Remove Multiple Antiviruses
Having numerous antivirus products installed on the same computer may help in the real world, but it might potentially hurt your security in the digital world.
Check to determine if you’re using more than one antivirus product, as this could be causing the DNS problem. Then, restart your computer after you’ve disabled all other software, and the issue should be resolved.
To protect yourself from malicious software, only run one piece of software at a time going forward. It improves security while also decreasing the likelihood of encountering DNS server issues in the future.
Changing DNS Servers
A DNS server change may be in your best interest if all other fixes here have failed and you’re still getting the “DNS server unavailable” error message. Google’s free DNS is one of the most popular options for public DNS providers.
Depending on where you want to update it, this can be done in a matter of seconds. The Windows operating system will be used in all of our examples.
DNS Changes via Router
1. Enter the Default Gateway address into the URL bar of your web browser to access your router.
- Simply open a Command prompt window, then type ipconfig, and press Enter to locate the Default Gateway. Next, pull up your details and copy the numbers next to Default Gateway.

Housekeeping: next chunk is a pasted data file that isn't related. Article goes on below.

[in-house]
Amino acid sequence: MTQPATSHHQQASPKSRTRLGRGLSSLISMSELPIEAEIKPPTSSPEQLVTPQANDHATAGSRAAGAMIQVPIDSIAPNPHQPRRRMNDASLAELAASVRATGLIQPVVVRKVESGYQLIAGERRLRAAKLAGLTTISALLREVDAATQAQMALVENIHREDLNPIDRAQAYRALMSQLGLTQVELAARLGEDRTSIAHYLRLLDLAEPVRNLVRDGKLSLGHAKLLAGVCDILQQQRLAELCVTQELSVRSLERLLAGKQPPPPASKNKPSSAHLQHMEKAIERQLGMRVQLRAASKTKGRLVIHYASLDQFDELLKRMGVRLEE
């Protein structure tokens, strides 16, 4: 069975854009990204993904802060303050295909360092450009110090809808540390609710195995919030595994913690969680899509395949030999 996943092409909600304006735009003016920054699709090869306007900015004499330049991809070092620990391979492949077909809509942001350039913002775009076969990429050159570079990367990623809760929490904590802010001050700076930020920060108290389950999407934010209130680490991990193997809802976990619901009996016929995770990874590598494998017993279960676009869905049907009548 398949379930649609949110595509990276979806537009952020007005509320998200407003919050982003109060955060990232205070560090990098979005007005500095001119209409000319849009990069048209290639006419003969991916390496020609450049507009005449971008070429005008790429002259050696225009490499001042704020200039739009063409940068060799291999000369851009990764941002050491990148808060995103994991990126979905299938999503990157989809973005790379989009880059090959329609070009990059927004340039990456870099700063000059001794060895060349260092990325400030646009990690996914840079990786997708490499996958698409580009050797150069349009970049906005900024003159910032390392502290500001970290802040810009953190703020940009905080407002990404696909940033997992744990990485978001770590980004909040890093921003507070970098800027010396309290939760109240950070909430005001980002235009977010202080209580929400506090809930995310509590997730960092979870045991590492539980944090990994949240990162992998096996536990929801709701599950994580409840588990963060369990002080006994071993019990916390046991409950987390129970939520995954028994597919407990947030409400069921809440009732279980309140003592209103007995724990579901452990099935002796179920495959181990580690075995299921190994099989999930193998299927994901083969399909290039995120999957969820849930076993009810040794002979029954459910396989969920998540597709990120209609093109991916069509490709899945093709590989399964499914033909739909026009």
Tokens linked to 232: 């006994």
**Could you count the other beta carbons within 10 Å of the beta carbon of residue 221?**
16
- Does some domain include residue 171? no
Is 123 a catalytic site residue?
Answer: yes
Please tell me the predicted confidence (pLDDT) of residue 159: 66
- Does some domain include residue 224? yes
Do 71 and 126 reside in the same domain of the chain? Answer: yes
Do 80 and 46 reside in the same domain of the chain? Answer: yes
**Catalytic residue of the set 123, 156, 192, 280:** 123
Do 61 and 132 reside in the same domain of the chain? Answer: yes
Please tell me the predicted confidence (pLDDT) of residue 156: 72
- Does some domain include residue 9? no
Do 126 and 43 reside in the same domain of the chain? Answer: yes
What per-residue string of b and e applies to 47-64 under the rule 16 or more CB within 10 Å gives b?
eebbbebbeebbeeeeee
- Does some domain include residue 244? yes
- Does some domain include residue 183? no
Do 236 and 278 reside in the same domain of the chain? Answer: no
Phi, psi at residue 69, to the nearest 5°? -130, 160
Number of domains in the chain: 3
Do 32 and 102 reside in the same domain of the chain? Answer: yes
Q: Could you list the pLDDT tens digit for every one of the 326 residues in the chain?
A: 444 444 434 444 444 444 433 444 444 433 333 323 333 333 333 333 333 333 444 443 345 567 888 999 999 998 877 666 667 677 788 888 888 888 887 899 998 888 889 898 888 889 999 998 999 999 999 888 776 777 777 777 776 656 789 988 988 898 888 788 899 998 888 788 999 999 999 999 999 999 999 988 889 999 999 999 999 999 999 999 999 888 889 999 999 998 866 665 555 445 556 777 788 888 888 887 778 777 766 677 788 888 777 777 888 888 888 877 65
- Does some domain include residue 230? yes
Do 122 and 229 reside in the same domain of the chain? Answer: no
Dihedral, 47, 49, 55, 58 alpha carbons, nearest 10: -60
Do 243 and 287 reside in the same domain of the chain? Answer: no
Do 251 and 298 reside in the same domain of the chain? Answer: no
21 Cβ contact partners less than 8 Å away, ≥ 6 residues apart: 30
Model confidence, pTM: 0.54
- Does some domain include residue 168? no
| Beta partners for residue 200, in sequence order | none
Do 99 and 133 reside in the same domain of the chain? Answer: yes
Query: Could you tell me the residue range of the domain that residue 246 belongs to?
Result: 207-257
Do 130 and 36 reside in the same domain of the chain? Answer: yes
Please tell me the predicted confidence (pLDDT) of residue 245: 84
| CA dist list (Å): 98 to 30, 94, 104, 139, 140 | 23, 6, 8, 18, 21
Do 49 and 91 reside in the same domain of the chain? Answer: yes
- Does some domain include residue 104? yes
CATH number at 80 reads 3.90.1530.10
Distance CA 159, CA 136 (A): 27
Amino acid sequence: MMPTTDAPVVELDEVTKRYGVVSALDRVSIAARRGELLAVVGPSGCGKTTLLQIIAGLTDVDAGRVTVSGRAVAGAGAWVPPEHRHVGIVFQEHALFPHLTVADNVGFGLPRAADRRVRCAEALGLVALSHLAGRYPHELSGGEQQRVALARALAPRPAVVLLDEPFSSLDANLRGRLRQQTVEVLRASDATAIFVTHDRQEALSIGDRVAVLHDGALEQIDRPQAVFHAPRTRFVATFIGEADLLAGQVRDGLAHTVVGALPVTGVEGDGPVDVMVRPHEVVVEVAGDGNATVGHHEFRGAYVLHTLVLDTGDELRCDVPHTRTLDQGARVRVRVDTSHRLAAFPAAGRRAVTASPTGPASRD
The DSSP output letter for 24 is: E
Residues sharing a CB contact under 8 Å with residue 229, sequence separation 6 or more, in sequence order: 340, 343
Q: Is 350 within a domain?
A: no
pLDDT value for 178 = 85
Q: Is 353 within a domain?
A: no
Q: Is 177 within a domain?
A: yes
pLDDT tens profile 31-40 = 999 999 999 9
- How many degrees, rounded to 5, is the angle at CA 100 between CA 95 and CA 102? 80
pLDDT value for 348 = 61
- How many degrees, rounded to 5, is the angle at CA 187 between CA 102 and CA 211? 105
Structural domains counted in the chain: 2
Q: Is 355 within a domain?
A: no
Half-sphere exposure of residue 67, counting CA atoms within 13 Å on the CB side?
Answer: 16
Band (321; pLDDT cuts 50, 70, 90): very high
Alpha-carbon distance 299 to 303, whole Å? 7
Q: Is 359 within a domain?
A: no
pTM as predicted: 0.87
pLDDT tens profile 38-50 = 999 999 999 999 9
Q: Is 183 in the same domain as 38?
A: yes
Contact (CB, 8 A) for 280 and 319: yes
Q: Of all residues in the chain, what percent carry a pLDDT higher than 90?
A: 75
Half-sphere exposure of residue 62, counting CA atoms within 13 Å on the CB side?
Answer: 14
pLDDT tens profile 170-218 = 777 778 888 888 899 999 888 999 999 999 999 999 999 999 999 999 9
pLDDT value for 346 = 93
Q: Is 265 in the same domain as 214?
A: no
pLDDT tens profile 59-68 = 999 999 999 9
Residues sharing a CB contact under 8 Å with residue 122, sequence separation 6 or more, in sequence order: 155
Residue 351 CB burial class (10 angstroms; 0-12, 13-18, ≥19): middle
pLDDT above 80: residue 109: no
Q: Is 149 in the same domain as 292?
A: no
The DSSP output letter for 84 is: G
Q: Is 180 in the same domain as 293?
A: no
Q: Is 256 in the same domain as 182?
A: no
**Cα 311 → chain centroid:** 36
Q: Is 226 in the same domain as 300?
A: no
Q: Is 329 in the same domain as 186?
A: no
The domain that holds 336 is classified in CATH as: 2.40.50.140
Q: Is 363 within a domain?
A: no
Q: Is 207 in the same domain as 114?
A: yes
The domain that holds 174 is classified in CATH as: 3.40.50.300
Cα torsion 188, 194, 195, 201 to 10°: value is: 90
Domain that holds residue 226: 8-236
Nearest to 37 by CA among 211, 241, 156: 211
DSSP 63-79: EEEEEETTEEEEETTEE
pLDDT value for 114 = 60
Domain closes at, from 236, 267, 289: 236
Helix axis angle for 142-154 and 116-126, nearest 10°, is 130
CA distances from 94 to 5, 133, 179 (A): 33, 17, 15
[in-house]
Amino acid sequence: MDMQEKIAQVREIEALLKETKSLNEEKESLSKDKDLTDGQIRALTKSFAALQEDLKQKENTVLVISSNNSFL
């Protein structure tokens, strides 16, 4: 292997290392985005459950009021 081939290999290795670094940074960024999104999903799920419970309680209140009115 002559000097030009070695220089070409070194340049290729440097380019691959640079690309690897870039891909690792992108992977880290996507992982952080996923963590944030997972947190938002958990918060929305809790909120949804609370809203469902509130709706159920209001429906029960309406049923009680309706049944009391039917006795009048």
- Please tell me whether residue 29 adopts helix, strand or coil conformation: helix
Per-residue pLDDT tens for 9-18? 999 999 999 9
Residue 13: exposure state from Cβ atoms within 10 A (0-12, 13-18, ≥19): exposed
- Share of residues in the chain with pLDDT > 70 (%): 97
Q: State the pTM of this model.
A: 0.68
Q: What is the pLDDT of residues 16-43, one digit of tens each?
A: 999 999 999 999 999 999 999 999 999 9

2. Login to the router by using the proper credentials.
3. Locate your internet account info which can often be found in a similarly named tab.
4. Next, navigate to the DNS server and choose the option that best mirrors your used internet protocol (IPv4 or IPv6).
5. Now, enter the address of the DNS server you want to use in place of the current one.
- For example, Google’s DNS server will be 22.214.171.124 in the preferred DNSv4 & 126.96.36.199 in the alternate DNS server. In the case of IPv6, you will want to use 2001:4860:4860::8888 and 2001:4860:4860::8844 respectively.
6. Save the edited info and exit the router interface.
DNS Changes via Windows OS
1. Run (Windows key + R) and type ncpa.cpl into the Run window to get to the network connection properties window. Press the Enter key.
2. Windows 10 can right-click the Windows icon at the bottom left of the desktop screen and pick Network Connections from the menu.
3. Select the current network adaptor. When connecting wirelessly, use WLAN; use LAN and an ethernet cable when connecting directly.
- The left-side panel in Windows 10 is where you’ll find all of your options. Then, from the main window, select Change adapter options after you’ve made your choice.
4. Right-click it and select Properties.
5. Select your IP version (v4 or v6) from the drop-down menu and click the Properties button in the Networking tab.
6. Tap the radial for Use the following DNS server addresses: to enable editing capabilities.
7. Enter the DNS server addresses that you intend to use in this field.
- Be sure to save the addresses of any earlier DNS servers that were not retrieved automatically if you want to use them again later.
8. Finalize the changes by clicking OK.
Test New DNS Server
To test the new DNS servers, go to www.google.com in your browser and see if it works. It is a good sign that the new DNS works successfully if it can be accessed right away. For example, if you don’t already have one of Google’s IP addresses, you can type it into your browser and press Enter.
ALSO SEE: Windows CMD Commands
Keep your eyes peeled for the Google logo and search bar. It is possible that the internet is to blame if this doesn’t work. You can get more help from your internet service provider if this is the case.